Monday, April 11, 2011

What is Acacia?

This last weekend saw the annual meeting of the Pennsylvania Masonic Youth Foundation Educational Endowment Fund Committee. This group, composed of several Masons, meets once a year to award scholarships provided through generous donations and administered by the PMYF. For the second year in a row the panel has been asked to award scholarships to a group that many may not be aware of - the Acacia Fraternity. I think the reaction of one of the board members sums it up best - "Wait, what's Acacia?" That's a reaction we hear all the time, so, I thought it might be useful to discuss what Acacia is and how it relates to DeMolay.

Acacia is a collegiate Fraternity that pre-dates DeMolay by about 15 years (being founded in 1905.) Originally, the group required the members must already be Freemasons who were enrolled in a college or a university where the Chapter met. At a time when Masonic membership alone was not cheap, this was a very restrictive requirement. The core tenets of the Acacia program were the same as the Masonic fraternity (which would then go on to influence the key precepts of the DeMolay program.) Today, Acacia no longer requires Masonic membership, but remains friendly with Grand Lodges throughout the country, including here in PA. Our fine commonwealth plays host to seven Acacia Chapters - more than any other state! Each Chapter is led by a Venerable Dean, with the rest of the organization runs much like that of any other college fraternity.

Let's take a step back and remember the history of DeMolay for a minute. When DeMolay was founded in 1919 it was restricted to young men aged 16 to 21. That's right, each person could only be a member for five years and then he was out. The group was originally intended for older guys, hence why much of the language of the ceremonies is so strange, especially for our younger members. DeMolay then realized that it needed to expand it's membership so that younger guys could participate in the program. First the age was lowered to 15, then 14, then 13, and finally by the end of the 20th Century, 12. We all know there is a huge difference between a 12 year old and a 21 year old. This has been a continual challenge to us in DeMolay. For an organization that was started with older members in mind, we now find that our most active members are 12 to 15 - age ranges for which the program was never originally conceived! However, the program is effective for teaching these young men leadership skills and it's value cannot be underestimated.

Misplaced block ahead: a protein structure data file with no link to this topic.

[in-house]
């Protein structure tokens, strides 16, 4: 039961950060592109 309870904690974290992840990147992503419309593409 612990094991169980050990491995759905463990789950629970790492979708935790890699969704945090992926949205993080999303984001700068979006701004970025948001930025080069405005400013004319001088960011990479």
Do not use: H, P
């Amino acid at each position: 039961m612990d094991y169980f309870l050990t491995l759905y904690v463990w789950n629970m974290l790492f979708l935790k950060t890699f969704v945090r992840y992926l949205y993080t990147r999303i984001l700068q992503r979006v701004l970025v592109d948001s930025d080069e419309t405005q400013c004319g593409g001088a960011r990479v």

By now, I'm sure you're very confused as to where I'm going with this. We've meandered through Acacia and then waded through a discussion on the original ages of DeMolay. How do these connect? At some point we have to recognize that the DeMolay program may not be perfect for everybody; most especially for our older members going off to college. As these older DeMolays begin their collegiate careers, I urge them to think carefully before joining any college fraternity, Acacia included. However, the experience and training a young person can receive in a college fraternity can be important for their growth and development. Acacia is uniquely positioned to play a role that DeMolay once tried to fill - that of a group for young men who are crossing that bridge into adulthood. 

If you happen to attend college at a campus that has an Acacia Chapter, I encourage you to check them out. We share some similar heritage and you may just find a program you like. 

You can check out the Acacia national website here.

Frat! ~ "Dad" Seth Anthony

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